Unless there is substantial movement on greening measures and other critical issues in the still-evolving Common Agricultural Policy for 2014-2020, the objective of creating a new purpose and rationale for the CAP is sliding into the sand, argues David Baldock.
David Baldock is executive director of the Institute for European Environmental Policy in London. He is the author, along with Kaley Hart, of A Greener CAP: Still Within Reach?, released ahead of this week’s meeting of agriculture and fisheries ministers in Brussels.
Between now and the end of June the final act of the long drama of the current Common Agricultural Policy (CAP) negotiations will come to a climax. Working within the trilogue, this is the last chance for the EU institutions to create a coherent agriculture policy which is both credible and contributes substantially to the provision of environmental public goods in Europe. Alarmingly, however, nearly all the key provisions which effect the environment are both contentious and generally heading in the wrong direction.
These include the “greening” of direct payments to farmers in Pillar 1 which was central to the original Commission proposals and will account for more than €83 billion over seven years. Both the European Parliament and the Council have introduced measures to limit or weaken the greening proposals in a quite remarkable variety of ways. It is in danger of becoming patchy, limited and excessively variable. For example, the Council’s amendments would result in over 80% of farms in Europe being exempted from the key greening measure, the Ecological Focus Areas. Farms excluded from any obligation would continue to get the full CAP payments, including the greening component. The scale of EFAs would be diminished and forms of land management which are patently not ecological would be included. Another measure, to protect permanent pasture on farms, would also be diminished to the extent that it would have little impact in practice.
On top of this, there is pressure from the Council to accept the principle of double-funding whereby farmers effectively could receive payments from both Pillar 1 and Pillar 2 of the CAP for meeting essentially the same environmental requirements. Already rejected by the Parliament in a plenary vote, this would be a particularly unsatisfactory and, under the Lisbon Treaty, an illegal approach. There could be World Trade Organisation consequences as well.
Reinstating an effective form of greening, ruling out double funding and maintaining a reasonable form of cross-compliance which addresses future problems such as the protection of soil carbon would be first steps in a process of bringing some integrity to a more environmentally attuned CAP. This is all the more important since decisions made by heads of state in the budget negotiations in February have already weakened the role of rural development, the part of the policy most associated with environmental and social benefits.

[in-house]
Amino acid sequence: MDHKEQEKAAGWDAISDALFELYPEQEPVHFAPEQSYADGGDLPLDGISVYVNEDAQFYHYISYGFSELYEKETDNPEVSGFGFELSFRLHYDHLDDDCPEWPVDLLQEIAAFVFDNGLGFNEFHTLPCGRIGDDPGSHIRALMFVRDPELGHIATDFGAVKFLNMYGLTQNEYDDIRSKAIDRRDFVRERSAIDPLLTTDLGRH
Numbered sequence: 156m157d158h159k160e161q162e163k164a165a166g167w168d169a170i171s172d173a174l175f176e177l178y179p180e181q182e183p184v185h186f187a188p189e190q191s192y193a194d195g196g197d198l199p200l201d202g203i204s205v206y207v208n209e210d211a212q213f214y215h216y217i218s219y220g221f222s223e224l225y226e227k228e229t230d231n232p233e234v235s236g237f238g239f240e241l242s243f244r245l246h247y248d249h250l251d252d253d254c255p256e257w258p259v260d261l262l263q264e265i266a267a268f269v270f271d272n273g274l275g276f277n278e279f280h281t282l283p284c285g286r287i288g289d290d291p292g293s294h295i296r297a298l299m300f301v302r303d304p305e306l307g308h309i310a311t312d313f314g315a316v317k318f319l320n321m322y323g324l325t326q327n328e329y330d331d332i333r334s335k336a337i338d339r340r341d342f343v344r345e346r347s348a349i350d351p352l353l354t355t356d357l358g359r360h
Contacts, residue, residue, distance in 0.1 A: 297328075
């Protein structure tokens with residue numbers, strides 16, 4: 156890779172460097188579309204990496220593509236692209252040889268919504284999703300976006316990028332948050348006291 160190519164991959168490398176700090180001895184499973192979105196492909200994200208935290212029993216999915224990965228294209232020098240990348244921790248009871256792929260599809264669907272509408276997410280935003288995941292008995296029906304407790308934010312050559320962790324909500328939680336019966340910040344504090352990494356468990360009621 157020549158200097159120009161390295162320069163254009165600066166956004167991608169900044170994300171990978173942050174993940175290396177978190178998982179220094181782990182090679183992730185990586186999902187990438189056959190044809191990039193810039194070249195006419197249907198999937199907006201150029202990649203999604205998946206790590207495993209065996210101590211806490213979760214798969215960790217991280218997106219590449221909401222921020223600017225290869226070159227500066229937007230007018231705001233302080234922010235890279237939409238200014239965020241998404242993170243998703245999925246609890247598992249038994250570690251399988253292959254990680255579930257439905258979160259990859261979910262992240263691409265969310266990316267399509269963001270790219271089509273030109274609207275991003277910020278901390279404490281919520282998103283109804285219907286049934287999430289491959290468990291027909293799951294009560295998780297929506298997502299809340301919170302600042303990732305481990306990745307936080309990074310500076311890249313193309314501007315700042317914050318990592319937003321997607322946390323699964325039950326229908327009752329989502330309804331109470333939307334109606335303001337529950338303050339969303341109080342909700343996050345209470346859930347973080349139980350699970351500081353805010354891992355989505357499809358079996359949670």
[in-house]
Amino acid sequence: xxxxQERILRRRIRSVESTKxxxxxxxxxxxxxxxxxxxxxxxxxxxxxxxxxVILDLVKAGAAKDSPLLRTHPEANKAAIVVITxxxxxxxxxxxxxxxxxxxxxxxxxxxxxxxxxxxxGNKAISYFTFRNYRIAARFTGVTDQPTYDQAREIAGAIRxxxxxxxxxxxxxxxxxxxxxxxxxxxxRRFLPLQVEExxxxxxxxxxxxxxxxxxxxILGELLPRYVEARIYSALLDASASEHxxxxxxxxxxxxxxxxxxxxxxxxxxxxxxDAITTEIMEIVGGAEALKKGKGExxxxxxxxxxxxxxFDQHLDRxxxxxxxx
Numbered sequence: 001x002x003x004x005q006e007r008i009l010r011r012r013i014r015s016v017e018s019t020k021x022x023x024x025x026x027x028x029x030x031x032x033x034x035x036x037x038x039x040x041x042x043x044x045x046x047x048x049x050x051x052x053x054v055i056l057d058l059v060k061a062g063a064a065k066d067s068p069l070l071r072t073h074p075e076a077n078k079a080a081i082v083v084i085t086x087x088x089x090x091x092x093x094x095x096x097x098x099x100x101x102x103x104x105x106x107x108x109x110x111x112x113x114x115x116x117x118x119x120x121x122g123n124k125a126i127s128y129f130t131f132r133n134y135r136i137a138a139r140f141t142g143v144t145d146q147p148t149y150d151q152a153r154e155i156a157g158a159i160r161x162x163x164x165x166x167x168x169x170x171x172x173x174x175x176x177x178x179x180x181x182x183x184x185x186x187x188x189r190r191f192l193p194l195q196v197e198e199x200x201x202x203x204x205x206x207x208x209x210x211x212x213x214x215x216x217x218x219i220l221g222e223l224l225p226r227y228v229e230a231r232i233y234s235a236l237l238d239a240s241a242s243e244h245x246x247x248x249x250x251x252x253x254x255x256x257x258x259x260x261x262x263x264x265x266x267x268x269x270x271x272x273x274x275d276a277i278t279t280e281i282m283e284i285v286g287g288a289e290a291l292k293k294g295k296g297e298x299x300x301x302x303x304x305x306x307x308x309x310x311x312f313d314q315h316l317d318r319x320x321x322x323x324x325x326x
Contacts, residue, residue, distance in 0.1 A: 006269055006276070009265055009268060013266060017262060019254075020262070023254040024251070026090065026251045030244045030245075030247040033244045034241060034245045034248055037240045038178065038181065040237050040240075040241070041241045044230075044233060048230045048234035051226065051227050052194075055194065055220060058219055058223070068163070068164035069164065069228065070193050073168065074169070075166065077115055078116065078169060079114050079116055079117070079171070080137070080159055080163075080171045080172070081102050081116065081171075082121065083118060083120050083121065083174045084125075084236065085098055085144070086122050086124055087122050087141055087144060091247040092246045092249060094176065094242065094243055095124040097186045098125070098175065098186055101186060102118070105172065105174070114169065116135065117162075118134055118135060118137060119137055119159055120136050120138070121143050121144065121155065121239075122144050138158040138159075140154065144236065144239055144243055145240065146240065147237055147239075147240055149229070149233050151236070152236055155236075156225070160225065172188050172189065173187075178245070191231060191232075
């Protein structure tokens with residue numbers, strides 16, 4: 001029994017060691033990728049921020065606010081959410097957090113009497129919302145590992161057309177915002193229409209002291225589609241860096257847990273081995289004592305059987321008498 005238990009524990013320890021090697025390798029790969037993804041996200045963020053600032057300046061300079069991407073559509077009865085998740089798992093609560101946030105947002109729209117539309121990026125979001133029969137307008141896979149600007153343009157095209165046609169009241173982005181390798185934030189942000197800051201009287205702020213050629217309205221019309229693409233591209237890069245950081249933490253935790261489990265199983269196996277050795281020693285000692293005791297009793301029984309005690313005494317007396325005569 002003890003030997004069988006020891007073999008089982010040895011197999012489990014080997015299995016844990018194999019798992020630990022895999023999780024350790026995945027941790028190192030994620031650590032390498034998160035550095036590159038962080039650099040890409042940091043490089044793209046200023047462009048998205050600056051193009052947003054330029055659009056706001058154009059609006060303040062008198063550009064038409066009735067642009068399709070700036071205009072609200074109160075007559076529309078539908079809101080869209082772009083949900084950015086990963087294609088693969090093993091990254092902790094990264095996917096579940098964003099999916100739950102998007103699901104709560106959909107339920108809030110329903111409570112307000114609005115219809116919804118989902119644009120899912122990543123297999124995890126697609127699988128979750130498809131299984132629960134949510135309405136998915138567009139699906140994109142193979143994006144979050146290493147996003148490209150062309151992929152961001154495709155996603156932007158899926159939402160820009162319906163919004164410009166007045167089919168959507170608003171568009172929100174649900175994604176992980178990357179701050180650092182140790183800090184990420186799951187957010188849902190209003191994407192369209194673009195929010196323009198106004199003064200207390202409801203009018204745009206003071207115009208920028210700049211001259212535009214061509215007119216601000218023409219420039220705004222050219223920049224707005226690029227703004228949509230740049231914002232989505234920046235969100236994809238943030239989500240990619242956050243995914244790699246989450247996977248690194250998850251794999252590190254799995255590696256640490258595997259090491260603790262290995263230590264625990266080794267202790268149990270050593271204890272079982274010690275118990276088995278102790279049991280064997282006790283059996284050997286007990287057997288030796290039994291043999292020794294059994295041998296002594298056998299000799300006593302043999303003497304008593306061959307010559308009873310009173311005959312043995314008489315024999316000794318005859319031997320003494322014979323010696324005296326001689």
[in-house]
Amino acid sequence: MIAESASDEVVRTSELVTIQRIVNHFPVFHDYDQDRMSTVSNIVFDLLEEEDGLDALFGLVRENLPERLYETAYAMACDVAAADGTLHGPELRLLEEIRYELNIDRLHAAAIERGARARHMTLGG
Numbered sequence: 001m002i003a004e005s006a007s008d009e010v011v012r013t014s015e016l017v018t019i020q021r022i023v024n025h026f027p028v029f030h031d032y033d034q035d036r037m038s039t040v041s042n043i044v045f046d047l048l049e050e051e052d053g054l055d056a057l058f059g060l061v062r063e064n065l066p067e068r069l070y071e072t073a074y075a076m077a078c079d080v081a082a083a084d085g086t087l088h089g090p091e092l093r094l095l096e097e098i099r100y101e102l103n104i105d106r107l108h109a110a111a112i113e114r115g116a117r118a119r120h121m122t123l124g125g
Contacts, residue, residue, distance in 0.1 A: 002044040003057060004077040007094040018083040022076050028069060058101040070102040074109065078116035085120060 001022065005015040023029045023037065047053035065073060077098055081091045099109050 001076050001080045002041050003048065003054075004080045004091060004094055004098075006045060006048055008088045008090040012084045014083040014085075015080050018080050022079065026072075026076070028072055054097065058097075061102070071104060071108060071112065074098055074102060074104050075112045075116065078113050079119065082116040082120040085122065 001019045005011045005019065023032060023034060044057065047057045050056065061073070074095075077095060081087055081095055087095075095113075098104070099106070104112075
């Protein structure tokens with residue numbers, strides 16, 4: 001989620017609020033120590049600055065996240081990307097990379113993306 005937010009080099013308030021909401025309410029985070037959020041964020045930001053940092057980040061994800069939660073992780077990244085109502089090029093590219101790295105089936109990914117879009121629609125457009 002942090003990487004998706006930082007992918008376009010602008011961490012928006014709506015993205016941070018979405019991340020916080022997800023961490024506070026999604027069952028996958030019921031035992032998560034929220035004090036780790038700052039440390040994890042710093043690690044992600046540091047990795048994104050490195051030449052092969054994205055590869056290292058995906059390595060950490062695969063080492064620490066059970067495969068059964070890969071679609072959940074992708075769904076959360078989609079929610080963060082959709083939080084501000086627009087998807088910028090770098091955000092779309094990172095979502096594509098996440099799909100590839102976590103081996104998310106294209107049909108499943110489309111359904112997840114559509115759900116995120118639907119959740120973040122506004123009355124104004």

Rural development funding was cut disproportionately more than Pillar 1 and many governments were permitted to shift as much as 25% of their national allocation from Pillar 2 back to Pillar 1. Thus governments are being incentivised to utilise EU funds in forms of agricultural support where environmental ambitions are less demanding and look like being weakened further while the EU meets all the costs (Pillar 1 is 100% EU funded).
To minimise the potential dwindling of environmental spending in Pillar 2, which is likely to flow from this regrettable deal, the Parliament has argued that a quarter of rural development budgets should be reserved solely for agri-environment and related measures. Despite their previous resistance this should not be too difficult an adjustment for the Council and Commission to accept.
Unless there is substantial movement on these and other critical issues, which may appear merely technical from a distance, the underlying objective of creating a new purpose and rationale for the CAP, with a genuine link to environmental benefits, is sliding into the sand.
Some would be quite content if the entire greening initiative ends in disarray. Others, however, continue to believe that agricultural policy could bring much greater benefits for Europe, including more environmental public goods and greater agricultural resilience to climate change, if some robust but achievable steps are taken. They may be more inclined to find fault with the European institutions that together have been reluctant to grasp the nettle.
If the package is not improved, environmental organisations, anticipating a tide of greenwash, will find it difficult to ward off cynicism about the CAP and many of the agricultural players who travel with it. The rest of society is unlikely to be far behind. In this sense the future of the CAP truly is on the line.